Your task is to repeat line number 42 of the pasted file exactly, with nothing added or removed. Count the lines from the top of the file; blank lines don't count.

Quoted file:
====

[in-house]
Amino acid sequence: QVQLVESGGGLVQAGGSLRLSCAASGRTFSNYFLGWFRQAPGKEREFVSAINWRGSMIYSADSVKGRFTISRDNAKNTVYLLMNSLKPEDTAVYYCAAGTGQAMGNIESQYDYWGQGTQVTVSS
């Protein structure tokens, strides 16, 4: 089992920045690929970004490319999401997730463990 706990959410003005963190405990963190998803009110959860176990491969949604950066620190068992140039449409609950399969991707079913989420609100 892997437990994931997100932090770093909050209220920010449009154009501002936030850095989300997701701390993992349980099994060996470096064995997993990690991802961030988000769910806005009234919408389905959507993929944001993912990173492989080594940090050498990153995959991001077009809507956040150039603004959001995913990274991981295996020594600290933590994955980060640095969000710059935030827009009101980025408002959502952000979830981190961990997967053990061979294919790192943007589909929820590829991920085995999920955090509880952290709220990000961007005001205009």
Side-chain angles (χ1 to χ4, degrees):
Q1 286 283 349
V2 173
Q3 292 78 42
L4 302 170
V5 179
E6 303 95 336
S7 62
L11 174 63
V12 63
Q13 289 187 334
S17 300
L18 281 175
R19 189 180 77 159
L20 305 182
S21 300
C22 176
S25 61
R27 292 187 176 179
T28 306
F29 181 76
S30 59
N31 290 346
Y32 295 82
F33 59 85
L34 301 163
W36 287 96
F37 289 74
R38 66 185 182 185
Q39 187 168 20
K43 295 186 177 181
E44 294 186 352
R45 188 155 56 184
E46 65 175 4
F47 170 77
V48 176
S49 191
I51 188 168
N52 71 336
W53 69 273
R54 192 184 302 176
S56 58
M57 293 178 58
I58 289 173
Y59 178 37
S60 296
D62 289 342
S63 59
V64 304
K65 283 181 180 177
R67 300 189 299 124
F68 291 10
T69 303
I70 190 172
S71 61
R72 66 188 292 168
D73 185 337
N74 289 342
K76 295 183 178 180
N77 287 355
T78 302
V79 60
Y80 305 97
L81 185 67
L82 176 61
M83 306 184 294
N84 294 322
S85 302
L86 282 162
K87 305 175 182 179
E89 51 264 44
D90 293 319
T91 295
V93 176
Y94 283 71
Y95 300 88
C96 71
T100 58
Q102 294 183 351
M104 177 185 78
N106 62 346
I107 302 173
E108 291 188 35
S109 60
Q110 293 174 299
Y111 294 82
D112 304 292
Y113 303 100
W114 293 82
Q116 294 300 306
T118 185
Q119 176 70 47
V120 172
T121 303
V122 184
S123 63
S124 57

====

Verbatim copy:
N52 71 336